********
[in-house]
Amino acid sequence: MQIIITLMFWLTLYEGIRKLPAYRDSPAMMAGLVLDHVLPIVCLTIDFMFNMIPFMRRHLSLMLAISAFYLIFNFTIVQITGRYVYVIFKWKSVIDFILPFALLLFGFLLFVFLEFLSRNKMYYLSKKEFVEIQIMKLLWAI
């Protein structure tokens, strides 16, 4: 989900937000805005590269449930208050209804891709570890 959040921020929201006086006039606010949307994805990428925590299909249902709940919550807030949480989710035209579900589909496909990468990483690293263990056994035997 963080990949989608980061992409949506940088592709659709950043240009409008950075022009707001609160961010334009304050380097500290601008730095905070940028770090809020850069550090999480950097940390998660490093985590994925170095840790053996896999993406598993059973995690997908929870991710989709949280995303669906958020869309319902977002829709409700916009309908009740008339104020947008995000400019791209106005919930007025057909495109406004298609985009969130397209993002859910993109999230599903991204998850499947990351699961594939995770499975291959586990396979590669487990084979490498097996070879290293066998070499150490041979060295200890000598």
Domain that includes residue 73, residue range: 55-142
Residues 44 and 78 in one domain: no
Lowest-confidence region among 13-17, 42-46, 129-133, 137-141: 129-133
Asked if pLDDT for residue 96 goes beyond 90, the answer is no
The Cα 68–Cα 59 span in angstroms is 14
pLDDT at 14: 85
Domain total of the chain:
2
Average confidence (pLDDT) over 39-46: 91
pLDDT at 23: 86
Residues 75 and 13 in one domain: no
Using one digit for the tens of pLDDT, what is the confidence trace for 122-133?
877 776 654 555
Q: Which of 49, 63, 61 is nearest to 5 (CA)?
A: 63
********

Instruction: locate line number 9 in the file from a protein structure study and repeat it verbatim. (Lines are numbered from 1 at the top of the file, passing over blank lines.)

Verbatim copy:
pLDDT at 14: 85